Unsurprisingly, consumers rely on lower-cost products, which corporations are aware of.
In its Q2 2022 earnings report, McDonald’s, for example, attributed some of its success in the United States to its value offerings.
Other businesses are attempting to appeal to both sides of the market by emphasising premium and lower-priced products.
Nestle CEO Mark Schneider informed investors during the company’s half-year earnings call that the method had previously been used.
“What we’re seeing with the current situation is similar to what happened in previous economic slowdowns and downturns,” Schneider said. “We pay attention to premium products but we also pay attention to affordable products. By covering both ends of this spectrum we’re doing well and we’re serving those needs.”
According to KPMG’s Martin, appealing to the broadest potential client base is critical to maintaining and generating earnings in the current economic context.
“In this landscape, value faces a boom and so does premium. Supermarkets recognize it, including the discounters, who are expanding their core value ranges, but also beefing up their premium proposition. Their aim is to capture and retain all of the trade-down audiences,” Martin said.
Unilever CEO Alan Jope told CNBC that the company’s consumers were trading up and trading down.
“The premium ranges in our portfolio are actually doing very well … We are seeing some downtrading – that’s on pack size, where people are moving to more affordable formats,” he said on July 26.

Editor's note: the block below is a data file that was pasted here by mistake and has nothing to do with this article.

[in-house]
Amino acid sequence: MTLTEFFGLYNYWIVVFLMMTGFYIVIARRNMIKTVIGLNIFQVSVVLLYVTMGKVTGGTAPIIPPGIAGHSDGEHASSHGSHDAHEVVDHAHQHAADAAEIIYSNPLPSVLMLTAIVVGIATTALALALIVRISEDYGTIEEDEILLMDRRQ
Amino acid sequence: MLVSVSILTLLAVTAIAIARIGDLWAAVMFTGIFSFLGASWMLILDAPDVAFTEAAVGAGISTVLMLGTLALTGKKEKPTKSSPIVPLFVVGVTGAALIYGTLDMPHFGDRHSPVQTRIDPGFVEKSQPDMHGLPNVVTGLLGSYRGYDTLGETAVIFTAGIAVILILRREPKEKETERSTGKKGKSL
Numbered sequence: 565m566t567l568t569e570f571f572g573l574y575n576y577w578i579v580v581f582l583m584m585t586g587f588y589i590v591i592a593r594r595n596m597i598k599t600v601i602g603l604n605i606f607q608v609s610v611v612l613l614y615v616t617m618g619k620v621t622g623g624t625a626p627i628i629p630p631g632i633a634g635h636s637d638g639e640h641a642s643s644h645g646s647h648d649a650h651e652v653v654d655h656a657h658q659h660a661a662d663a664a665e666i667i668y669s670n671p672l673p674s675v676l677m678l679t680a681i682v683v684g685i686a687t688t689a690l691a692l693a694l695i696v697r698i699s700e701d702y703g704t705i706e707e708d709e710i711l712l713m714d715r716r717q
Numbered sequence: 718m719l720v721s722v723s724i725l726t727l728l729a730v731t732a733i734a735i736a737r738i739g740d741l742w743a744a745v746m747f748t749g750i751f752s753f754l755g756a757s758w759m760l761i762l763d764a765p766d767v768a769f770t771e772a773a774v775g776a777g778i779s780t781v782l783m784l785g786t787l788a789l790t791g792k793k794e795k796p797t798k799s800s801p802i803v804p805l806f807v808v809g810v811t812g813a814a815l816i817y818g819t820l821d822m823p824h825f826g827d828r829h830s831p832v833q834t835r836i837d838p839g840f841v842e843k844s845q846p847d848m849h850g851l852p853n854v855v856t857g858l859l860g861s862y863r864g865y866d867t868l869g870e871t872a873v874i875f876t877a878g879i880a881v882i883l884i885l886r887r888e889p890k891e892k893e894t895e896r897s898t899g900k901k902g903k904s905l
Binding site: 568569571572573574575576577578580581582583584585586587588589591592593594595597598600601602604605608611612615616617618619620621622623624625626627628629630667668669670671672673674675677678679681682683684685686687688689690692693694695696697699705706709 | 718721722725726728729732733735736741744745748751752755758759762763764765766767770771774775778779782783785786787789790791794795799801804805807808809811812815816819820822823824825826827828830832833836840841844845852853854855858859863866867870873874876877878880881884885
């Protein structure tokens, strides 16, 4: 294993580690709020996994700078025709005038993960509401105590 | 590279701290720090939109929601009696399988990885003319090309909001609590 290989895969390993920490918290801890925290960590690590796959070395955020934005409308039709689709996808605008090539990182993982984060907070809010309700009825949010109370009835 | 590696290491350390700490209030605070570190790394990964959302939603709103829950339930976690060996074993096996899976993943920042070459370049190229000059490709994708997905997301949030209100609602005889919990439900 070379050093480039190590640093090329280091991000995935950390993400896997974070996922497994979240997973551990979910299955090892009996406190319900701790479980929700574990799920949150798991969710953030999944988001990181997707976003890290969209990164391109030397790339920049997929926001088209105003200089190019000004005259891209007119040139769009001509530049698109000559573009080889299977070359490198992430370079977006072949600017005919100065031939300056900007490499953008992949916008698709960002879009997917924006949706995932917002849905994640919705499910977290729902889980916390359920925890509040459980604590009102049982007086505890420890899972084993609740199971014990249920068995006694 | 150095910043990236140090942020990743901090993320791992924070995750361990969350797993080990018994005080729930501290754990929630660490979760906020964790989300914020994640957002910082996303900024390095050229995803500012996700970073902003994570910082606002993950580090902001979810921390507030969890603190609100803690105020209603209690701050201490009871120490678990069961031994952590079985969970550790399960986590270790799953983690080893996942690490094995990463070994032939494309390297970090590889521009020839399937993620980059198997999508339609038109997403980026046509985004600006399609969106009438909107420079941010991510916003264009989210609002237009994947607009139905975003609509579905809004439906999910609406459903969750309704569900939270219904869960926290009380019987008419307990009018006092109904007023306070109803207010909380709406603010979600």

Unilever introduced Prestige in 2014, a luxury division that now includes Dermalogica, Tatcha, and Paula’s Choice.
In December, Executive VP and Group CEO Vasiliki Petrou described the concept as “a string of pearls,” relying on “a certain level of exclusivity” to drive desirability and sales.
So far, it appears to be effective. According to the company’s Q2 2022 results announcement, Beauty & Personal Care rose 7.5% in the latest quarter, driven by “excellent growth” in Prestige Beauty and Health & Wellbeing.
According to EY global consumer head Kristina Rogers, focusing on premium products can be a more appealing way of combating inflation expenses than lowering items or packaging sizes.
“There is a limit to these actions and considering that input costs continue to rise, companies are looking at how to expand the value of their products,” Rogers told CNBC.
“The only way to grow is therefore to go the premium and added value route. Companies need to demonstrate the added value of their brands and give consumers a good reason to buy higher-priced products,” Rogers said.
“Companies are focusing on increasing the features of their product to extend consumers’ willingness to pay. These features include brand building, higher quality products, sustainability, or health features, to help validate a higher premium to be charged,” she added.
(Adapted from CNBC.com)